If you were  forced to listen to the circuitous ramblings of Janet Yellen yesterday,one had to be amazed at the degree of precision ascribed to the Feds various forecasts. Not only were the forecasts precise, but astoundingly they did not even make any economic sense. According to Chairman Yellen, the jobless rate is projected to fall to 5.1% by 2016 with prices also remaining  stable throughout that same period. In their rosy scenario, the funds rate only rises to 150 basis points, thus further cementing negative real rates at the front end of the curve. When asked about the recent uptick in the overall price level, she dismissed this as simply noise and also downplayed the decline in unemployment as lacking substance given that the composition of these new jobs was suspect. One has to wonder at what point the capital markets will wake up to the fact that the Fed is simply a one trick pony at this stage. We had to laugh at a Bloomberg interview, post news conference, in which an analyst commented that the Fed has many options still open to it in the event of some “black swan” event. This analyst stated that they always could engage in more forward guidance if need be. We may be wrong, but if the unforeseen comes to pass(and it always does) simply stating categorically that they will do nothing for longer will probably not do the job. The reaction in the dollar, and more pointedly commodities, after this latest round of Central Bank inaction is a clear signal that the maybe the wake up call is now upon us. Buy Stuff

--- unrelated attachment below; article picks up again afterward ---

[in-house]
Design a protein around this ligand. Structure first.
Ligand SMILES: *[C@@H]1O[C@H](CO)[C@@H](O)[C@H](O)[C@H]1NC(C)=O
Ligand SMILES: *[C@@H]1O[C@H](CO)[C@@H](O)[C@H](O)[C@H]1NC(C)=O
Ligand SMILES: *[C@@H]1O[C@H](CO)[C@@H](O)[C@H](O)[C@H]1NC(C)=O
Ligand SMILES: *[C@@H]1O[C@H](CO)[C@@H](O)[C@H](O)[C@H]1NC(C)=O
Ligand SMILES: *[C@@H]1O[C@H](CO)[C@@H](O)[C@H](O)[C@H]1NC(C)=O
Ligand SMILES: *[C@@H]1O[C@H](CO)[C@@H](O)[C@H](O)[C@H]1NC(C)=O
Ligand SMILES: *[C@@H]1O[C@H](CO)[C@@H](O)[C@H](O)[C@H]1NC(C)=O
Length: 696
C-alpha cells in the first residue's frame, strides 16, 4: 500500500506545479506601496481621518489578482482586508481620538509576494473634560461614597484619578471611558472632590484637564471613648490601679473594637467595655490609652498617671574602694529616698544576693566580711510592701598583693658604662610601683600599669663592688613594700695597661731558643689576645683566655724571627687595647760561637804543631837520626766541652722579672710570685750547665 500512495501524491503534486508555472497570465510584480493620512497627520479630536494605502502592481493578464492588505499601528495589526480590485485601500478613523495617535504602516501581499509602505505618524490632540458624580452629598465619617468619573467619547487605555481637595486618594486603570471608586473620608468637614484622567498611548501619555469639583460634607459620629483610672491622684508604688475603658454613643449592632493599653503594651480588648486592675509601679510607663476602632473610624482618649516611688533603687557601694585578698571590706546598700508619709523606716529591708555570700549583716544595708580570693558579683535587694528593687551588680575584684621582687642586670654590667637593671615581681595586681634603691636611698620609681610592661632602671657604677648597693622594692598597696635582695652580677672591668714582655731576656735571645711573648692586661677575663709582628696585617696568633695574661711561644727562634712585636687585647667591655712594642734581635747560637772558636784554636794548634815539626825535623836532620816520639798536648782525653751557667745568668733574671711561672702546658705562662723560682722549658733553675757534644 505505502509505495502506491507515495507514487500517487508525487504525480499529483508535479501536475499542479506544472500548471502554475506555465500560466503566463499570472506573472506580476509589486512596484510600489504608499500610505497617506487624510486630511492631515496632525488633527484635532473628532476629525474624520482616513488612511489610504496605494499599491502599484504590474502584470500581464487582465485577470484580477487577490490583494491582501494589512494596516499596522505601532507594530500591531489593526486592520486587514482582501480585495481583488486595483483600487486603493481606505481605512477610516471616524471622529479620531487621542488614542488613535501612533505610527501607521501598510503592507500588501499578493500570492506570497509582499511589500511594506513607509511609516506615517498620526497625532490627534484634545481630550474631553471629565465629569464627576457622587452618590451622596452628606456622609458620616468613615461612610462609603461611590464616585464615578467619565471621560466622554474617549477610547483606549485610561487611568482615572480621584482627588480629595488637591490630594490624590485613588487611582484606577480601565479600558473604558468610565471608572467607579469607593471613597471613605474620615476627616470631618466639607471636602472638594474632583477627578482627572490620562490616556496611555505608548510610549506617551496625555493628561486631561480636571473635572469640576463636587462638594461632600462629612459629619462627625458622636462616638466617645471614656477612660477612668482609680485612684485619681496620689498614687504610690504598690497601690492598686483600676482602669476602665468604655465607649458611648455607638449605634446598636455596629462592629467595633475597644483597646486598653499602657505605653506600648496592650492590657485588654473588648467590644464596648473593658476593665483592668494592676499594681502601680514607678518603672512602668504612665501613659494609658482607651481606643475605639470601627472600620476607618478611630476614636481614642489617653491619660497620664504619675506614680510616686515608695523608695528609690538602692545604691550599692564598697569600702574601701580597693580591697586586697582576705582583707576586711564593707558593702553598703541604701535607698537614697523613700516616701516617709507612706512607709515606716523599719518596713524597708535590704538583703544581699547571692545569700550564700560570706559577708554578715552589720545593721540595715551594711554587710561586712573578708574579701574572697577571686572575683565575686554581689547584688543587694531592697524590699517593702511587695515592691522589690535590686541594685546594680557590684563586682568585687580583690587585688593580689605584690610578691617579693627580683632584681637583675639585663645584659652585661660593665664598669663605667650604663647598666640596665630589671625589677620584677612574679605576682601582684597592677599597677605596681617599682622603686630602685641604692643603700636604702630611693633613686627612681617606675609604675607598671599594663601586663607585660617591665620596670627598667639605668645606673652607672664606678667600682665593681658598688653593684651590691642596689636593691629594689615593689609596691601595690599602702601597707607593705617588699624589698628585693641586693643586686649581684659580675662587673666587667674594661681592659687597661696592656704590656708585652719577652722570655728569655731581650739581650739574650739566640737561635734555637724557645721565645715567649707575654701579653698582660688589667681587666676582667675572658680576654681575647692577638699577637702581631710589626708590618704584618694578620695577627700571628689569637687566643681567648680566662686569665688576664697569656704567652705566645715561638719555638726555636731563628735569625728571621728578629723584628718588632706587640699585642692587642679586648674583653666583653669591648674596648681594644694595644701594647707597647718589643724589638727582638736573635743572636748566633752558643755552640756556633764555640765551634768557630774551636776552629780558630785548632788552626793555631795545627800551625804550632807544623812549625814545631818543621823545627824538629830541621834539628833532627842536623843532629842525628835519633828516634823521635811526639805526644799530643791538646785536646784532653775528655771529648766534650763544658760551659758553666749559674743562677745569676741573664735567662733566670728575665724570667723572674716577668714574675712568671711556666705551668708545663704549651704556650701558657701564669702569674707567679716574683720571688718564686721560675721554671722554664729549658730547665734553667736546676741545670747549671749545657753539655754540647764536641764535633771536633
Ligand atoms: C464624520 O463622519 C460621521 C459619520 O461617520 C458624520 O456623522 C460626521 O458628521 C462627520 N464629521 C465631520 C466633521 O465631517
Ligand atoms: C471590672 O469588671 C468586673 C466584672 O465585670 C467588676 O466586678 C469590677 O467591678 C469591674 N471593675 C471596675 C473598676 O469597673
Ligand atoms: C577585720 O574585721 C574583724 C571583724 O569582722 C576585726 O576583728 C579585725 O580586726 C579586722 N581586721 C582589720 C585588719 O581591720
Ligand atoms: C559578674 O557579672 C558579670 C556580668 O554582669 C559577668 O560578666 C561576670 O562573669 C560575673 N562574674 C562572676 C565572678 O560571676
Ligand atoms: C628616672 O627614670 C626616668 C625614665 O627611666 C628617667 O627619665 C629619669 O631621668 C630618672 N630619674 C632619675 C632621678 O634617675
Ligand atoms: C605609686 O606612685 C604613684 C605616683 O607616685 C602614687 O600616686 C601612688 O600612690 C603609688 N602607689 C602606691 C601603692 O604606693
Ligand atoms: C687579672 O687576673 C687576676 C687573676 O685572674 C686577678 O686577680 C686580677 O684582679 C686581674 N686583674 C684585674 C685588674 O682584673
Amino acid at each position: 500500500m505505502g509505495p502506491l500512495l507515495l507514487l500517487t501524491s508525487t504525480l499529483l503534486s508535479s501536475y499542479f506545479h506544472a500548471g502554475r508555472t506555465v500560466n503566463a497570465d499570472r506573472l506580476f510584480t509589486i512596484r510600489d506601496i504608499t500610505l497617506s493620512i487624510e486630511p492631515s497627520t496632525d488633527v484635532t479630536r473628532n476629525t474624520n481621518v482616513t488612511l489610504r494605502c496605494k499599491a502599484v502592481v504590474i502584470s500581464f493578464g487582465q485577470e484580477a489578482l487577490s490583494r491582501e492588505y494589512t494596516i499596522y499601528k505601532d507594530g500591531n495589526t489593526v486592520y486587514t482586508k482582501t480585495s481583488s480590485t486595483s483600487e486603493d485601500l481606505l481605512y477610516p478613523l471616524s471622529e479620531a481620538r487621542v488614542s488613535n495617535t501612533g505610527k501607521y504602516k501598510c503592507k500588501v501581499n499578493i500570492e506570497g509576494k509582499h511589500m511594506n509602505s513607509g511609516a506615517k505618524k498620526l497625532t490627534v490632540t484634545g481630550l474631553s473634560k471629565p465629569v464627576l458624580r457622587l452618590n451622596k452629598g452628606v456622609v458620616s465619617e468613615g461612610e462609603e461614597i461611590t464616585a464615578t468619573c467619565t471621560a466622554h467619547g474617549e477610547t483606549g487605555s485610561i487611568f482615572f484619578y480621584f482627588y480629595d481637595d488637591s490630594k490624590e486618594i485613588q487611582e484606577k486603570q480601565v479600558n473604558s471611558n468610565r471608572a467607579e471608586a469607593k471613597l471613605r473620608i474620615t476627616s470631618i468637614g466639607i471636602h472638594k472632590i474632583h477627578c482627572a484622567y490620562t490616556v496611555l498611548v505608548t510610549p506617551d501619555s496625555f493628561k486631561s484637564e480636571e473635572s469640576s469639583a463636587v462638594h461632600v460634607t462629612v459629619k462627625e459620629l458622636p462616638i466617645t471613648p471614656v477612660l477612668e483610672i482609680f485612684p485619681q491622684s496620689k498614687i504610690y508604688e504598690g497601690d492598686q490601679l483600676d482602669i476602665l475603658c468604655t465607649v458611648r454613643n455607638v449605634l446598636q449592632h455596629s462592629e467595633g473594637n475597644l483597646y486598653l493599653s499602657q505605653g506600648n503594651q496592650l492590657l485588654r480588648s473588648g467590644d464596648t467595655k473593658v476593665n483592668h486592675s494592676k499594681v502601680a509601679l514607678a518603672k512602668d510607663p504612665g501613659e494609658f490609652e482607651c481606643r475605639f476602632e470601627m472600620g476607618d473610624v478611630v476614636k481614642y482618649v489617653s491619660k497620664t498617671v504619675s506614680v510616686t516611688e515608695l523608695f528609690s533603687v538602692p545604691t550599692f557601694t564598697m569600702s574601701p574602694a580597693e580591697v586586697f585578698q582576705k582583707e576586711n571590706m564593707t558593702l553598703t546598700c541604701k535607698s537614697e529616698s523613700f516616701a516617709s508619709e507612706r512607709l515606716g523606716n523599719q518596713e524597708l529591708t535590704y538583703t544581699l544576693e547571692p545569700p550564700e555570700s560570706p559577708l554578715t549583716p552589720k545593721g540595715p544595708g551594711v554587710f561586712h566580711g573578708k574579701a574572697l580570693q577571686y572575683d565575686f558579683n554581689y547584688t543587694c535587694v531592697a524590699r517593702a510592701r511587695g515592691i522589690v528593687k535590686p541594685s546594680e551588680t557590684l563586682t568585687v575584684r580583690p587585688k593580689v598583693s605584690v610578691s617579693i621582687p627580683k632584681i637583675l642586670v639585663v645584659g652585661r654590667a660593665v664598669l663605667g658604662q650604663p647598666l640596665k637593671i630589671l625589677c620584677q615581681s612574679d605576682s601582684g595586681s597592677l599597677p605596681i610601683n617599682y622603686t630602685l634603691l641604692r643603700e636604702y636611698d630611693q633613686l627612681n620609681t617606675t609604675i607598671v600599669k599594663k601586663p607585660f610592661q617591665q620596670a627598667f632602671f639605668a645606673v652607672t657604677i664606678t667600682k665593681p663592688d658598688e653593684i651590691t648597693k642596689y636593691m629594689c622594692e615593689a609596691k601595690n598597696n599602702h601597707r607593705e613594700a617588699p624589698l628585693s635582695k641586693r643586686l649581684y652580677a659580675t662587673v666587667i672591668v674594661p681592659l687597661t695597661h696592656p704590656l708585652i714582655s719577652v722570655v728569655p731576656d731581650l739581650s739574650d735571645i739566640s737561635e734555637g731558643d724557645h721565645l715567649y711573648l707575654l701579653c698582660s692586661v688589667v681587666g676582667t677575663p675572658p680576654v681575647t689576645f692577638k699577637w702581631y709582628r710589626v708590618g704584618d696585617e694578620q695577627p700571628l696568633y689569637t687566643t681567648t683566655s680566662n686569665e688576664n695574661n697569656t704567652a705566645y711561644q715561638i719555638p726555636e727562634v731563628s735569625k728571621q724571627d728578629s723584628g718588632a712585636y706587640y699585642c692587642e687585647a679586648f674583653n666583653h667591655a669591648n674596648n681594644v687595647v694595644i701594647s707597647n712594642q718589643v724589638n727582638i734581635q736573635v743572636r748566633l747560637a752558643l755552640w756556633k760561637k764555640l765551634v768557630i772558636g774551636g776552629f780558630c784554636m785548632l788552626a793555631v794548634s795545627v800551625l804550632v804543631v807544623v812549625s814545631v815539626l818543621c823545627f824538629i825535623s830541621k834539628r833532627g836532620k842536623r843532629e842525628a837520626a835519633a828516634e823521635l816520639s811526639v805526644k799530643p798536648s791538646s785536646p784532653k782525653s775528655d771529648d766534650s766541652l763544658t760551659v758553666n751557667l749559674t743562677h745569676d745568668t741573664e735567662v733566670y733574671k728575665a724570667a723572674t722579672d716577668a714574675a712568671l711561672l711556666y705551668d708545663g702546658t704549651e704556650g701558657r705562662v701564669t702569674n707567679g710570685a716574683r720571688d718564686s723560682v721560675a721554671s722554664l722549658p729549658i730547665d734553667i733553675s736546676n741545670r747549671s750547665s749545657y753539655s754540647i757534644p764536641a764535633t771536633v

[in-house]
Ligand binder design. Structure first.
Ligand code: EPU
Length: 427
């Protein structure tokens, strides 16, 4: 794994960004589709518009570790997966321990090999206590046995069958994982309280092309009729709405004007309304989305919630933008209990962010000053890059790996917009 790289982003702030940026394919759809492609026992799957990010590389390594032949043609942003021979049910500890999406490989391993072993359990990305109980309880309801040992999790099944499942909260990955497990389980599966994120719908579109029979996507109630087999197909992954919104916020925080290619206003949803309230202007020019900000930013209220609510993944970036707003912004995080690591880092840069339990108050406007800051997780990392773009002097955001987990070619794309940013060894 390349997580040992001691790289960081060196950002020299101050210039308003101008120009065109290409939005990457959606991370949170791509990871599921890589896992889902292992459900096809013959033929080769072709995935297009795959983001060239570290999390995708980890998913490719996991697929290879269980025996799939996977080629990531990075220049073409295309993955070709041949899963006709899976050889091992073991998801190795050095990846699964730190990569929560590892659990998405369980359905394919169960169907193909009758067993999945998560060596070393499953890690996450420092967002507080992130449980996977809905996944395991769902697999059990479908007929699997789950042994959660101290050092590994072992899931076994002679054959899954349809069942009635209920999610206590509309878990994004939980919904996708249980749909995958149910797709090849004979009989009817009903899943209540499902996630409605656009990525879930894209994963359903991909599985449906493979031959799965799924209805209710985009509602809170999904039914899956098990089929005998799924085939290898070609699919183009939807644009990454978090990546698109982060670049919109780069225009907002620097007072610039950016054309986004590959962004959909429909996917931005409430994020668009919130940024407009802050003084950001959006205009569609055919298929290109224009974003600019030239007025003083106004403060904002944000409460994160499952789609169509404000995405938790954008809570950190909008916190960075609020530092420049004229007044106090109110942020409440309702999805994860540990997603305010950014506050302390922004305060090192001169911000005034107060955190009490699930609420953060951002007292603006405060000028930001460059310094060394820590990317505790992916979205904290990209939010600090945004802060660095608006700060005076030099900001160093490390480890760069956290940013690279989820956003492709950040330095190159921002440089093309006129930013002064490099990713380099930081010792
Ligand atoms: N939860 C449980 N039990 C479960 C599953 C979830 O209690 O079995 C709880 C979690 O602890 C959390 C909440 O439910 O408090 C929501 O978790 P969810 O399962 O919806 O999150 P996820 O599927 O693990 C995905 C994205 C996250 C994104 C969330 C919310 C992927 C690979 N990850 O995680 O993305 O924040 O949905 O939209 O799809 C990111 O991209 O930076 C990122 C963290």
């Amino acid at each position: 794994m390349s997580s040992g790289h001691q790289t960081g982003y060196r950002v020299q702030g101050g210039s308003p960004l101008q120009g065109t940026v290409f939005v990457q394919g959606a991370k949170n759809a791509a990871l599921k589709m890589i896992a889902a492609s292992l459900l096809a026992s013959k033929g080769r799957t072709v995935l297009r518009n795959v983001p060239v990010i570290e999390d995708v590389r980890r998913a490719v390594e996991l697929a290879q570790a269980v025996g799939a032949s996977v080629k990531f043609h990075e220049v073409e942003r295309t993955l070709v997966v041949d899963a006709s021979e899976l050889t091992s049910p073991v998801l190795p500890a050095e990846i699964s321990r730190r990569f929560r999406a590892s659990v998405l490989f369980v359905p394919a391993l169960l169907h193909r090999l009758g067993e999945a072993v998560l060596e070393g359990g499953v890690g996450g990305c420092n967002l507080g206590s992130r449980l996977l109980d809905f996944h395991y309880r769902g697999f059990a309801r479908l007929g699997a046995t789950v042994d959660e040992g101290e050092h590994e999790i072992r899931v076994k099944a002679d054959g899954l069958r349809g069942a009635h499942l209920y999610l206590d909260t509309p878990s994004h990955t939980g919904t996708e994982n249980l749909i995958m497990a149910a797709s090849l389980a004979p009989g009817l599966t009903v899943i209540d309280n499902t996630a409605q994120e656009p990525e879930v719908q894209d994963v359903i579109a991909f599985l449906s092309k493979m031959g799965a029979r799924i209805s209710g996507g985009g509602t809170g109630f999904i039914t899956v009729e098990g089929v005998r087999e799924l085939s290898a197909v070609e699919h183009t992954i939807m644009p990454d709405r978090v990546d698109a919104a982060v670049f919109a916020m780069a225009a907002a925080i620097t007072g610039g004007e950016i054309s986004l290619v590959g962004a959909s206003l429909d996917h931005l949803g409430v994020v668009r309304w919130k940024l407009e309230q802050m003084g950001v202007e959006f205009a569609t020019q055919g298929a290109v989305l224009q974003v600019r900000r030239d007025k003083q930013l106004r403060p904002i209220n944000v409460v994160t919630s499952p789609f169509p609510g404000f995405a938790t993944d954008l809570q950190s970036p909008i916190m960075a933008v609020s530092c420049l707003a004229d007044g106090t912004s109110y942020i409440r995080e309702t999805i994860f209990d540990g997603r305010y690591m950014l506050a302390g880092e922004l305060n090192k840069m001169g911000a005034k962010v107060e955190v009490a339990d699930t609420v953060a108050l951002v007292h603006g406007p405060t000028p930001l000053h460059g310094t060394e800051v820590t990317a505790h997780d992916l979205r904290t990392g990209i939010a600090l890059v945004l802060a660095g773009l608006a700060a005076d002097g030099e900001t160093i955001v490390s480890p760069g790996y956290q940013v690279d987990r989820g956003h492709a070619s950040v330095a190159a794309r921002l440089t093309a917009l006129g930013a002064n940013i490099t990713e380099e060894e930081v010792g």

I Wanna Be Sedated

17 Jun

Much has been made about the lack of volatility, relatively speaking, across almost all parts of the capital markets. The dampening down of what would be considered normal volatility has again been laid at the feet of the command and control Central Bankers.We are not surprised however as the prevailing attitude is that low rates cure all ills, when in reality, low rates create more ills.  We all should be quite attuned to the sedative effects of low interest rates on investors perceptions of real risk, if the recent crisis has taught us nothing else. Thus, when we see potentially serious geo-political flareups such as Iraq or China/Korea, any hint of serious concern is smothered quickly by the “whatever it takes” mentality inherent in  all Central Bankers. However, as Bertolt Brecht said ” Because things are the way they are, things will not stay the way they are”.

Made in the USA-Reflation

28 May